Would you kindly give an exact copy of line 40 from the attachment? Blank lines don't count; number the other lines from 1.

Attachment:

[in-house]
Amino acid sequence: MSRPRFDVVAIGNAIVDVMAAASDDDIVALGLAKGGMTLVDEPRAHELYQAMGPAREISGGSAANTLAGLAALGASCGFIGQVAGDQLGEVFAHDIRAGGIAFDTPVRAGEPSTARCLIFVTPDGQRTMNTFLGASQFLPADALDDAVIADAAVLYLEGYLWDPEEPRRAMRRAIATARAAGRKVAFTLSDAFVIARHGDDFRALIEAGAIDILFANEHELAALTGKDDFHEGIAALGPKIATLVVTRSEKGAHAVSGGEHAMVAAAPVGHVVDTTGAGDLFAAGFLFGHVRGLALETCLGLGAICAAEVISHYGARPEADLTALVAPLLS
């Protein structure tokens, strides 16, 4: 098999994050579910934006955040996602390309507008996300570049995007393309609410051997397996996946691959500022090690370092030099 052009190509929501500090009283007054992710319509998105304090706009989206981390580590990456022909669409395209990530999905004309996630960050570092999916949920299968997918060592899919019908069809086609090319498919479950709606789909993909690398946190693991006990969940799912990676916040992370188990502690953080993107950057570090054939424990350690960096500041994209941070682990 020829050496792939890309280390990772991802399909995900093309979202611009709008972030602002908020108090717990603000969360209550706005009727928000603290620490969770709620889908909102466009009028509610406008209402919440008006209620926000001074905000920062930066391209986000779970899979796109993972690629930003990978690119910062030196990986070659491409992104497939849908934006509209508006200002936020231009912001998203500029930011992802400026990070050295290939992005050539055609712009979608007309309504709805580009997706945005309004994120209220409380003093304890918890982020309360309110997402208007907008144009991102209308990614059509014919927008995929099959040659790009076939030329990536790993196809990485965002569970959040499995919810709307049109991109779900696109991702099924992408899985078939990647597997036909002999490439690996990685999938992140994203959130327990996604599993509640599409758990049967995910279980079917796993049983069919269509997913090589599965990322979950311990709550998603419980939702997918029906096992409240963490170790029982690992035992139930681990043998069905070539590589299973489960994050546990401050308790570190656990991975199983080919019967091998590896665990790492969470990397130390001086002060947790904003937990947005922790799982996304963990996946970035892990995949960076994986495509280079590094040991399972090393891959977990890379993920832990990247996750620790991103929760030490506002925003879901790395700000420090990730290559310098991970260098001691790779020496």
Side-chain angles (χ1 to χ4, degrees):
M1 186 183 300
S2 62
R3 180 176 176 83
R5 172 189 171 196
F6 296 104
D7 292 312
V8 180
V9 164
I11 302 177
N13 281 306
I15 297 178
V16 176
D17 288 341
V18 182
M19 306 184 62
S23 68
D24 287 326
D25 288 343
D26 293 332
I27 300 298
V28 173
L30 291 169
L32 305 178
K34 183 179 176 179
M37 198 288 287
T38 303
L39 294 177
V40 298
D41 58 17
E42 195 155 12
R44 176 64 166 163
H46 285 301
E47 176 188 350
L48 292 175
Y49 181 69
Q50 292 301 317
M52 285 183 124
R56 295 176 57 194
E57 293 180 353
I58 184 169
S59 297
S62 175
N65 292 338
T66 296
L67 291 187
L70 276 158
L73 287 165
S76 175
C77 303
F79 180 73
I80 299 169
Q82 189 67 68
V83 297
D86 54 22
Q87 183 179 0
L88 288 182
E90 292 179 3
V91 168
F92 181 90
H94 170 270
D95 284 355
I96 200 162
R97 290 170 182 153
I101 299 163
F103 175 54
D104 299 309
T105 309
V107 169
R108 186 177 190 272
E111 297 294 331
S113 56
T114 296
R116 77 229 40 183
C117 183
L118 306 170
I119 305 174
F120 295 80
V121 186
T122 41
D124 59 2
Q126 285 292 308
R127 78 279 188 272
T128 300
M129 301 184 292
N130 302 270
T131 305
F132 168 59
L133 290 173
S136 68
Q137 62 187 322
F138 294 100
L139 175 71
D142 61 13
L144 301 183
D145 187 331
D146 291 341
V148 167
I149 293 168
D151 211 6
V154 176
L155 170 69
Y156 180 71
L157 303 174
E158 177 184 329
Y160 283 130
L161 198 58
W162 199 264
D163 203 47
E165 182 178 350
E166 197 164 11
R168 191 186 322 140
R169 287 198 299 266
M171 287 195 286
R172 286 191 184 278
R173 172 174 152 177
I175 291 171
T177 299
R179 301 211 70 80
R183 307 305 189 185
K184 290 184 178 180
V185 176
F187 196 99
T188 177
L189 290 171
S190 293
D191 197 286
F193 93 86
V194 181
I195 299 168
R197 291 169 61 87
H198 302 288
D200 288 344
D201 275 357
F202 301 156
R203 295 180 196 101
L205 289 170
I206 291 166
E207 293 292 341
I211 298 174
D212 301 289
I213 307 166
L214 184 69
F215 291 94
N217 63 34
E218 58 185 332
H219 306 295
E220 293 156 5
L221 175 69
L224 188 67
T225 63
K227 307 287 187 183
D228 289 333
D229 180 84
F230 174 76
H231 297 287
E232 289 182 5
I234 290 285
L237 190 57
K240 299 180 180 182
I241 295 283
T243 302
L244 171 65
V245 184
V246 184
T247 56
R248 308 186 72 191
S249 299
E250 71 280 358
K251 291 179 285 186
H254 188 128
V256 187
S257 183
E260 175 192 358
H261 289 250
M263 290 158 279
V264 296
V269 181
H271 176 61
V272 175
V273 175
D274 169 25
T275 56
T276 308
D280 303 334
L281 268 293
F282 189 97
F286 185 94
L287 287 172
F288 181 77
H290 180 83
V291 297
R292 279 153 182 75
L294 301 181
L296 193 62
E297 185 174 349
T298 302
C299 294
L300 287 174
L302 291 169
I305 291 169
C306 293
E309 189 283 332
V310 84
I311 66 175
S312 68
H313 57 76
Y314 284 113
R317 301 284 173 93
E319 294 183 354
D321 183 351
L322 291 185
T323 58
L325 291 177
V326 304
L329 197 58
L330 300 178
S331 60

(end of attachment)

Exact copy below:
Q50 292 301 317